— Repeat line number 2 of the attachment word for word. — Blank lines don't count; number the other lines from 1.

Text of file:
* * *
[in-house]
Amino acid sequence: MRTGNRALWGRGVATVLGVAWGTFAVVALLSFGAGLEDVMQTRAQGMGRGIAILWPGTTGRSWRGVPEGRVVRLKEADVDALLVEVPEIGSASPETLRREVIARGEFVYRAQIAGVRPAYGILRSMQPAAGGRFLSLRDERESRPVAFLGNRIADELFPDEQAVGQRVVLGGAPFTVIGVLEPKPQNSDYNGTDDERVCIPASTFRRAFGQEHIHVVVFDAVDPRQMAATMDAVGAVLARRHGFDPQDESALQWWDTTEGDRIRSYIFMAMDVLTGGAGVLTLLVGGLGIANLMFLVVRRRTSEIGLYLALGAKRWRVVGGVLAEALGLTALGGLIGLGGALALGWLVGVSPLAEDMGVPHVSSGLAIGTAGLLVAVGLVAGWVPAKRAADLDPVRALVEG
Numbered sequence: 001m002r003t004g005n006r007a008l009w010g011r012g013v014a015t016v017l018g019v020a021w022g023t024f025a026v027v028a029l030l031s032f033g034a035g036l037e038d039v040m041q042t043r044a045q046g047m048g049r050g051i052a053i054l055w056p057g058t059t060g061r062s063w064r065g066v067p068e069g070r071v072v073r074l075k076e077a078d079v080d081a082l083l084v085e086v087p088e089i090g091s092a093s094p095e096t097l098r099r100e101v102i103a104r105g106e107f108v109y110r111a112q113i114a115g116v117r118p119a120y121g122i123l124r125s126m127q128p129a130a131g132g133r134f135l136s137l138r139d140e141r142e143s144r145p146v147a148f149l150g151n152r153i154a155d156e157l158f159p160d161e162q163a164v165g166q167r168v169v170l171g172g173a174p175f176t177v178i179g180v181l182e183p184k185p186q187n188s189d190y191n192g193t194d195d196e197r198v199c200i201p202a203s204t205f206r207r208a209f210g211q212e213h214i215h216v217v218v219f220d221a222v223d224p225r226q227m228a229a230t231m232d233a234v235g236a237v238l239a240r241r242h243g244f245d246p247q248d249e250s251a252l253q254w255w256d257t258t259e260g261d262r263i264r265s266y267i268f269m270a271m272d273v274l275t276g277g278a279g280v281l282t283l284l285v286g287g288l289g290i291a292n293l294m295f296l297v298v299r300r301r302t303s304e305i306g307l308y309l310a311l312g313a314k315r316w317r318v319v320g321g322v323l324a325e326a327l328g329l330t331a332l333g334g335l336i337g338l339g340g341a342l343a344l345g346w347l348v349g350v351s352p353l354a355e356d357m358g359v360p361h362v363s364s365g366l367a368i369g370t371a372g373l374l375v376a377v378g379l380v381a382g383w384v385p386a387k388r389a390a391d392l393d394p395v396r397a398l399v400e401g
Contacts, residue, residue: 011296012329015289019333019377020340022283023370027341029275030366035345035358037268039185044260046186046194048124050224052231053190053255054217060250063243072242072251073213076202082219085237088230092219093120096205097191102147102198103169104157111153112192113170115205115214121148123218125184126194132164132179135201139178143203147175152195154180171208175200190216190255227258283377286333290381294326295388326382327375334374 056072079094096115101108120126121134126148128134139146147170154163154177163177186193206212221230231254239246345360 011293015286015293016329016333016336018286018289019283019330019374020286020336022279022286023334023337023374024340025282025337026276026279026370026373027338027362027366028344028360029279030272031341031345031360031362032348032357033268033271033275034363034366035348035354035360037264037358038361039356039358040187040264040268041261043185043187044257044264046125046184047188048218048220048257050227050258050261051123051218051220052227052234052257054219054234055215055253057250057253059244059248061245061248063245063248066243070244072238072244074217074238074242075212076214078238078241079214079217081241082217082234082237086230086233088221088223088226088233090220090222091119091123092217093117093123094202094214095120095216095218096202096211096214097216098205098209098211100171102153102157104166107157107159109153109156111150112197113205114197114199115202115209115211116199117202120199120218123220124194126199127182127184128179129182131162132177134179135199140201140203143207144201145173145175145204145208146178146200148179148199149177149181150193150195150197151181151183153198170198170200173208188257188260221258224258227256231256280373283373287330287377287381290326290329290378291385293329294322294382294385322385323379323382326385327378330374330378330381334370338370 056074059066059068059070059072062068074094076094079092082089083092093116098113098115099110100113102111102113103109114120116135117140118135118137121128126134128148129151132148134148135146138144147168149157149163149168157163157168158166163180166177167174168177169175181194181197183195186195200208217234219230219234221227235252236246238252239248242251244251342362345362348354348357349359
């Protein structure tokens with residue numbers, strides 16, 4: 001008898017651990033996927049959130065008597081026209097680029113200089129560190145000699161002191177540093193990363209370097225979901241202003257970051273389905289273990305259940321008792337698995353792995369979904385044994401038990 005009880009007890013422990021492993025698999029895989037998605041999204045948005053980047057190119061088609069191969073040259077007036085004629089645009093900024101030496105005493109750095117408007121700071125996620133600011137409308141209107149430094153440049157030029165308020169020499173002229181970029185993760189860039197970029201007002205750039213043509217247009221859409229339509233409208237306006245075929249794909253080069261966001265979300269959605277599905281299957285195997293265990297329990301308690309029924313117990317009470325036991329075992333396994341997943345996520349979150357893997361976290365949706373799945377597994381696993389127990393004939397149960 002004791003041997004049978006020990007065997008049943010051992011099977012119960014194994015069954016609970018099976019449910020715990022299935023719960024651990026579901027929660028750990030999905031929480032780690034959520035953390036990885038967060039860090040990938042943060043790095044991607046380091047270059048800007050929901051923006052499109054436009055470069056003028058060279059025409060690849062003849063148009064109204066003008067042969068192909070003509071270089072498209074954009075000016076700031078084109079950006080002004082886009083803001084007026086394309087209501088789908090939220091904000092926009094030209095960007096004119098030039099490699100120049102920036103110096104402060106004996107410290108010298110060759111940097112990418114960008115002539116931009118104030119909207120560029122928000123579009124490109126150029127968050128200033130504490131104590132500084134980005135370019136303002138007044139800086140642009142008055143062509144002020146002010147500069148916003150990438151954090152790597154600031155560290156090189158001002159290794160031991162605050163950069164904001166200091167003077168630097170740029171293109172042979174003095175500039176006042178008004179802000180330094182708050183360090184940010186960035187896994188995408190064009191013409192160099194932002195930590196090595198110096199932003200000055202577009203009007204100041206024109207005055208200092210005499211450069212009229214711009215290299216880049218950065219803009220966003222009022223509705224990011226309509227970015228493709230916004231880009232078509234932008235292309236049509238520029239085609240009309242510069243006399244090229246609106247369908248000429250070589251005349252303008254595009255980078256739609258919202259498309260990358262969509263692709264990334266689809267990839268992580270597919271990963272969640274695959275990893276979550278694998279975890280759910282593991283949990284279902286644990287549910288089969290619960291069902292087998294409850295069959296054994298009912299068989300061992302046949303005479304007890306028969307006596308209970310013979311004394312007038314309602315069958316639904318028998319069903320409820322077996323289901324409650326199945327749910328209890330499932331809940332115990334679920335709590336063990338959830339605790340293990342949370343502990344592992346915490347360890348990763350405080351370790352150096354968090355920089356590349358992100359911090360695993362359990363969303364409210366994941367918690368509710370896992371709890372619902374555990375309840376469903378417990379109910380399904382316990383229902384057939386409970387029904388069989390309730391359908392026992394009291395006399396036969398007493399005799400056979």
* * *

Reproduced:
Amino acid sequence: MRTGNRALWGRGVATVLGVAWGTFAVVALLSFGAGLEDVMQTRAQGMGRGIAILWPGTTGRSWRGVPEGRVVRLKEADVDALLVEVPEIGSASPETLRREVIARGEFVYRAQIAGVRPAYGILRSMQPAAGGRFLSLRDERESRPVAFLGNRIADELFPDEQAVGQRVVLGGAPFTVIGVLEPKPQNSDYNGTDDERVCIPASTFRRAFGQEHIHVVVFDAVDPRQMAATMDAVGAVLARRHGFDPQDESALQWWDTTEGDRIRSYIFMAMDVLTGGAGVLTLLVGGLGIANLMFLVVRRRTSEIGLYLALGAKRWRVVGGVLAEALGLTALGGLIGLGGALALGWLVGVSPLAEDMGVPHVSSGLAIGTAGLLVAVGLVAGWVPAKRAADLDPVRALVEG